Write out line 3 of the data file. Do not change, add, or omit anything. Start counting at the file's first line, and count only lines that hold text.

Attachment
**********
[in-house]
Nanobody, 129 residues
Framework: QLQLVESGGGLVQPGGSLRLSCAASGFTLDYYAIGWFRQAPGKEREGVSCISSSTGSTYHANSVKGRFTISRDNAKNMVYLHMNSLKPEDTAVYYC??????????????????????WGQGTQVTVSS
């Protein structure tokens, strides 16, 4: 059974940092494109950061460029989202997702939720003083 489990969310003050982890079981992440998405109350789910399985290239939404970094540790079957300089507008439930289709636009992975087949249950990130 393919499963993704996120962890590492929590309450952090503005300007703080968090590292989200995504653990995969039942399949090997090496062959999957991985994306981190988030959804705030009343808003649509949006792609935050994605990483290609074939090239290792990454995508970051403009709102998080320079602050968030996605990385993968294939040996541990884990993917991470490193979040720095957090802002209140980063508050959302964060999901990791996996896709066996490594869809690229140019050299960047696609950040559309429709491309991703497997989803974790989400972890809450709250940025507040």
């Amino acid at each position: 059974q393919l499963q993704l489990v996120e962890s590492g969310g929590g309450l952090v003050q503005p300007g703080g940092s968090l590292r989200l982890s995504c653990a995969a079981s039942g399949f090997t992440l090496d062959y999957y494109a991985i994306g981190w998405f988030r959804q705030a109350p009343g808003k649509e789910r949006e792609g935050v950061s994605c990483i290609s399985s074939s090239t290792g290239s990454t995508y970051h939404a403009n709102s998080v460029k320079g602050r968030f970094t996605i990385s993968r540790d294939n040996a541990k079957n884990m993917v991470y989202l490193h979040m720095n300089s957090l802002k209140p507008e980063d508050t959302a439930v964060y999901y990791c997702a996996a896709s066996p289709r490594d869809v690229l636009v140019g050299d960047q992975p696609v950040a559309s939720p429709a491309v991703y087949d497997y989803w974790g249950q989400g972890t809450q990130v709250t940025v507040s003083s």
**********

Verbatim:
Framework: QLQLVESGGGLVQPGGSLRLSCAASGFTLDYYAIGWFRQAPGKEREGVSCISSSTGSTYHANSVKGRFTISRDNAKNMVYLHMNSLKPEDTAVYYC??????????????????????WGQGTQVTVSS